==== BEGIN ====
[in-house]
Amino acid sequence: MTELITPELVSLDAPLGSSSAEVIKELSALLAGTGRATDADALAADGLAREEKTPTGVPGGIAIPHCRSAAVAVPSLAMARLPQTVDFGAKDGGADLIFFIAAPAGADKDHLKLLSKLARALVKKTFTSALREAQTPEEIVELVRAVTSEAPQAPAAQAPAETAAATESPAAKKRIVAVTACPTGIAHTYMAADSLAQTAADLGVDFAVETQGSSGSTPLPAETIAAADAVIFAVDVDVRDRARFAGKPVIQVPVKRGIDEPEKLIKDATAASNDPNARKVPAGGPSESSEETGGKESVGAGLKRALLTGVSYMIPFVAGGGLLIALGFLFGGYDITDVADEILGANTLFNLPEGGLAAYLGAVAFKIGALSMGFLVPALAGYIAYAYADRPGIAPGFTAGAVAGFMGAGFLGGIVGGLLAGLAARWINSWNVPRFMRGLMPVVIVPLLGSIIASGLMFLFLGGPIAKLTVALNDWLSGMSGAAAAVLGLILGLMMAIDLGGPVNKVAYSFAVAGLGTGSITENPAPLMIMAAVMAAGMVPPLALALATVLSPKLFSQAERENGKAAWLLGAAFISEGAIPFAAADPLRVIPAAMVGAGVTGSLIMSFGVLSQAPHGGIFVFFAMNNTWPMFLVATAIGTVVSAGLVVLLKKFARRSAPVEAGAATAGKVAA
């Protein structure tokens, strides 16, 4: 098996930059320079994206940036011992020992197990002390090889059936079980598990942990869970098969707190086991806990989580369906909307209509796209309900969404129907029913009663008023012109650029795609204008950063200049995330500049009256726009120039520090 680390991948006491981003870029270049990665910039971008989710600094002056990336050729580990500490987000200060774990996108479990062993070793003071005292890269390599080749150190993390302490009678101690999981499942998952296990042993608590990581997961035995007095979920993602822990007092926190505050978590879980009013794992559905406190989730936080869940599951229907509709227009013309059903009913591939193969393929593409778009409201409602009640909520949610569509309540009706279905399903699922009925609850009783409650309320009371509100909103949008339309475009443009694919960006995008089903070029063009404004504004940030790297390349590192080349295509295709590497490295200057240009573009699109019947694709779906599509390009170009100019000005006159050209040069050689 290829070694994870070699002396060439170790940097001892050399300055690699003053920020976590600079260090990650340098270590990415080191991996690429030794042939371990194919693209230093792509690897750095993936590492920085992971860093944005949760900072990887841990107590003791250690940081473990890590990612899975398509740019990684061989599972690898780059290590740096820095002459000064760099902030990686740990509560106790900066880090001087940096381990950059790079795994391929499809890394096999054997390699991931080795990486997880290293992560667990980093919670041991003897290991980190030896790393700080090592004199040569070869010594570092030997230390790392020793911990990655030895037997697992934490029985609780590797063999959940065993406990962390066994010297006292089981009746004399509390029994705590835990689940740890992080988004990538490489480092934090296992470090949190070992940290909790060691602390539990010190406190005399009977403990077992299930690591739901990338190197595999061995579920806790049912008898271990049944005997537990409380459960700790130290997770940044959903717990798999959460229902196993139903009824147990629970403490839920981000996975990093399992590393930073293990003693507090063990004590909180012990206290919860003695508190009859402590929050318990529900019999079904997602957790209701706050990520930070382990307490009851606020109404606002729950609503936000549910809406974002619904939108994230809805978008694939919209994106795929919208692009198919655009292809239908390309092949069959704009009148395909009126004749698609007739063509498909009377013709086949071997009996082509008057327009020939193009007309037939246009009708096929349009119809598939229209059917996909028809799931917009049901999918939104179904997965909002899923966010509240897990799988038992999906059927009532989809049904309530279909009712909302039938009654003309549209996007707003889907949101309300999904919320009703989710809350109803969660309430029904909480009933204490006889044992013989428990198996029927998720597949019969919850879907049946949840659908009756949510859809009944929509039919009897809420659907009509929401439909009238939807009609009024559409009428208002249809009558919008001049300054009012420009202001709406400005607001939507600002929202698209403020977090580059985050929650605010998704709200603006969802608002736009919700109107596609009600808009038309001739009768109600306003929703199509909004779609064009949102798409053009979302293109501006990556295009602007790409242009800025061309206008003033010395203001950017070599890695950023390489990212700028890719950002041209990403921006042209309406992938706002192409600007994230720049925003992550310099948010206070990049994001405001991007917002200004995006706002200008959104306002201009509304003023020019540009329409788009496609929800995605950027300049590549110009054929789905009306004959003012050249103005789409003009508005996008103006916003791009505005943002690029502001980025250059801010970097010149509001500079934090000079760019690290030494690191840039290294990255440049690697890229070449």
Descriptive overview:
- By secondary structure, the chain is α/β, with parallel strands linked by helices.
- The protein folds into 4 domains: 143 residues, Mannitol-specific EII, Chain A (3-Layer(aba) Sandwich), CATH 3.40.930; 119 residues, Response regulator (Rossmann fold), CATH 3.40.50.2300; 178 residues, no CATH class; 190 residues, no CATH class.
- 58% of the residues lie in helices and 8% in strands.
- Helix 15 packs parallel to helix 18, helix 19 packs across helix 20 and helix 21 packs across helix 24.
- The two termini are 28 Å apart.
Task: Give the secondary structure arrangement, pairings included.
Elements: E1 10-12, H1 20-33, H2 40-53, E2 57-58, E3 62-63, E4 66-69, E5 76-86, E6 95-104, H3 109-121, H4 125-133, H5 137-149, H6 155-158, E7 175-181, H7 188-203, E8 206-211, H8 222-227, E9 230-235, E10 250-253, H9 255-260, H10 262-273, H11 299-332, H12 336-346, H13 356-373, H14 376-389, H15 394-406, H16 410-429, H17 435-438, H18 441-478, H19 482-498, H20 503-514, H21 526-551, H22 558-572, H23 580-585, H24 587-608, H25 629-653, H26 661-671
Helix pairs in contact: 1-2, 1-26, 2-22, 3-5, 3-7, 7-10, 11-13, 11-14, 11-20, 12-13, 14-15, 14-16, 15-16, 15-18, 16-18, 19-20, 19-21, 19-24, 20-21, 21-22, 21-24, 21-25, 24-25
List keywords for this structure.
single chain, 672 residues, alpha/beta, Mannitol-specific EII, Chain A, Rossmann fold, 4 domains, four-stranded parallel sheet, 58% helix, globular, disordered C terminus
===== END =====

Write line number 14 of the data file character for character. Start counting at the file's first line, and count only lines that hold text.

single chain, 672 residues, alpha/beta, Mannitol-specific EII, Chain A, Rossmann fold, 4 domains, four-stranded parallel sheet, 58% helix, globular, disordered C terminus